Lord 2016 May

Mt Lord  7 May 2016

The first (and last) chunk of the walk is in rainforest.

I was surprised by my own reaction to Angela’s confirmation that she could still climb Mt Lord with me: I was excited to be going on another adventure together. What, you ask, is surprising about that? Well, I’d always thought I went bushwalking to see more beauty and to have a great workout in nature. I had never really thought of what I do as having an adventure per se. But there it was. The meaning of “adventure” is: an unusual, exciting or daring activity. I guess going bushwalking, in that it doesn’t happen every day, is unusual (but not very); it is exciting, as I am out in free nature, taking up the challenges of summiting another mountain. Daring? Well, I guess there’s always an element of slight risk. Whatever the definition, my mind saw it as being a fun adventure, and I just couldn’t wait.

We drove down after dinner on Friday, and pitched our tents close to a gurgling river that we could hear all night, and breakfasted next morning under stately gums. Our task for the day was short, and we had done most of the drive; there was no need to rush, so we were not ready to begin climbing until a bit after 9 o’clock.

There was a kind of a road sort of thing – maybe used by trucks to turn in – so we hitched a ride for the grand 15 metres it offered us, diving into the thick forest at a spot that perhaps looked more agreeable than the rest. Once in, and past the tangle of young saplings that grew near the source of light, things greatly improved, and we made our way up through the very steep yet pleasant rainforest, marvelling at the extreme size of the stumps that existed, rotting away, in that early part. I reckon it would take 30 Angela-Louises to occupy the surface area of some cuts.

Mostly the fungi were big, like these, although on the descent we saw some examples of smaller genera such as mycena, entoloma and cortinarius, in blue, red, green and purple.
The route was not easy, and we had to weave quite considerably to make progress. I was always a bit unsure of whether the direction I was pursuing would take us into a bosky cul-de-sac, so didn’t enjoy it quite as much as I might have. My concentration was on other things, but I still had a sense of the greenness and the clumps of large fungi.

After about an hour we emerged into the inevitable band of Bauera – but, oh joy, no Scoparia – and a jumble of washing-machine sized boulders to negotiate, with the odd buttressy cliff making an appearance.

Summit view
As we neared the wider summit area, the bushes thinned, but the going was still slow as the rocks were treacherously slippery, each one offering its own private, sloped rink to anyone who’d brought up skates. We hadn’t.

So slippery was it that I couldn’t even be bothered moving around to get a good shot from the summit. The “views” didn’t warrant the effort. It wasn’t quite 11 yet, but we had lunch nonetheless, as we’d carried it up there, and that’s what you do on top of a mountain. It was cold; the views were not great; neither of us is a mad-keen collector of peak bagging points, so, whatever the number attached to Lanes Peak across the way was, it failed to interest us – I also think we are both brewing some virus; we were not feeling fantastic – so we came straight down. One mountain was enough of an adventure for today. After half an hour on top, we began our descent, this time staying nearer to the creek for no particular reason; it’s just where we ended up and we saw no problem with that.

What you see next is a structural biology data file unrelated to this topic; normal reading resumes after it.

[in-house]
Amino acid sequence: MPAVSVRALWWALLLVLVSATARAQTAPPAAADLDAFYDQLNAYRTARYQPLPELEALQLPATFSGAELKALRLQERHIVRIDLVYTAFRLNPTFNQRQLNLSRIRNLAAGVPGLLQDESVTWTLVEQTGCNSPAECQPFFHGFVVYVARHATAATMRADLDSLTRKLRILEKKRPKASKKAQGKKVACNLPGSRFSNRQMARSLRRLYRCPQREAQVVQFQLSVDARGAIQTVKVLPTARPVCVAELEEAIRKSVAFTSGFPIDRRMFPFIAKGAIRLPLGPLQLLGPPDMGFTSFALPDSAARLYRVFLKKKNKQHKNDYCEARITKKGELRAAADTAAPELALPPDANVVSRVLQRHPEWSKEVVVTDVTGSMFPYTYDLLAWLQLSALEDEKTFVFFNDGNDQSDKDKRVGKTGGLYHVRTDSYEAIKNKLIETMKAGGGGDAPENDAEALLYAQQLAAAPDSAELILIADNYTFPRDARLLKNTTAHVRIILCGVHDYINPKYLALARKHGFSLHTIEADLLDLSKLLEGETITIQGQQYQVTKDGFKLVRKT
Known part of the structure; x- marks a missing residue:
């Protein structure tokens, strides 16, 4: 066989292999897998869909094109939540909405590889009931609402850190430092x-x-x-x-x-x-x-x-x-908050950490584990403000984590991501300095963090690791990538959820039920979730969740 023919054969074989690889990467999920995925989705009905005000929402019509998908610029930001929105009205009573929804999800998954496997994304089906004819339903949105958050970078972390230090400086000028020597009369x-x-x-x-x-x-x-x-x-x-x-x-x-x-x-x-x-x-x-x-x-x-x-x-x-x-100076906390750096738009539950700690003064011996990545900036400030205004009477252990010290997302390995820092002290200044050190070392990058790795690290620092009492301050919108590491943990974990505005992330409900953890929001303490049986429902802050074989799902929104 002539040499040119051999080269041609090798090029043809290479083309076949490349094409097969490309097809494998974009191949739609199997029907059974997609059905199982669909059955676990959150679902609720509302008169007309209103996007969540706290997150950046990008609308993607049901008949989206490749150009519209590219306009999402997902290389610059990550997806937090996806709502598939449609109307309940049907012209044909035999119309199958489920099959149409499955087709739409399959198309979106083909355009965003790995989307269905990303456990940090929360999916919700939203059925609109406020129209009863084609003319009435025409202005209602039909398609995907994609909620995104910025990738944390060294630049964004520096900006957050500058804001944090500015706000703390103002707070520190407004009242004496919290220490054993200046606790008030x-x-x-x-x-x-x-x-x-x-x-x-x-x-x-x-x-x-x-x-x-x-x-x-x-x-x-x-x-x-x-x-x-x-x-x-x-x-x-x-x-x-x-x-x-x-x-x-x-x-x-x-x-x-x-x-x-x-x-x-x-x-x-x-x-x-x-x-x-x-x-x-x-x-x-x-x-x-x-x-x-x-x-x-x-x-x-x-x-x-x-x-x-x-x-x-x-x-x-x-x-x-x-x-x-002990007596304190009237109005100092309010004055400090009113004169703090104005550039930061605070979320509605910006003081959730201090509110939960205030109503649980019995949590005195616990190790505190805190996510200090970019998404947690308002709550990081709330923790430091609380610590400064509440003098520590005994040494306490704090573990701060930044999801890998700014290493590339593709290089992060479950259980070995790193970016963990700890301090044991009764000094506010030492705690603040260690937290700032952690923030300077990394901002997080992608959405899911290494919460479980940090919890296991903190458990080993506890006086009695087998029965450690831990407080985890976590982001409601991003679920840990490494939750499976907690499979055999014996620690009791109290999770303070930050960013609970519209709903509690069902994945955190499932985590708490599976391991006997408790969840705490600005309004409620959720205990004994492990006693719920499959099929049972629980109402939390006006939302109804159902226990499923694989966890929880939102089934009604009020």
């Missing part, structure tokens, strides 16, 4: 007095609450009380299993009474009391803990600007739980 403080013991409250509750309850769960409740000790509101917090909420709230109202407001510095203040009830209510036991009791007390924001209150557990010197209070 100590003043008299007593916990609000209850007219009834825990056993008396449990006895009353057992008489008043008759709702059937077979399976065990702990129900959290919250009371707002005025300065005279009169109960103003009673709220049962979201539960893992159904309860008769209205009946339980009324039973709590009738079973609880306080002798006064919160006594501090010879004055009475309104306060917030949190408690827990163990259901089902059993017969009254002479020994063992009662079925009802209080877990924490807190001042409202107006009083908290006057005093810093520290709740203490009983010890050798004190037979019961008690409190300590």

A different summit view.

The descent route was more beautiful that the outwards journey, but marginally slower in the endgame, as there were a lot of huge fallen trees, some with diameters over our heads that made climbing over their rich, mossy surfaces next to impossible. There was no room under them either, so a small expedition was required to follow each obstacle to one or other end to get around. I was glad we hadn’t climbed that close to the creek when outward bound, as that procedure might have been depressing. On the descent, knowing the end was nigh, we were not put off at all.

The route was short: only 1.6 kms in each direction, with 530ms climb in that short distance, so, as the contours above also indicate, very steep – but fun. The min/km rate of travel – roughly 1 km per hour!!! – gives an idea of the thickness of the bush and the number of obstacles. That said, the shortness meant that we finished quite early, could go straight to the Possum Shed for delicious food, and be back at home in the north before dinner time. Bring on the next one. (Cyan with a border is the downwards route)

2 Replies to “Lord 2016 May”

    1. HI Zane, I am working through my blog tidying up things and came upon this unanswered comment. Thanks so much for making. I get sooo much stupid spam, it’s a real thrill to have a genuine comment!! How is your own Abeling going? I haven’t done an Abel since early May.

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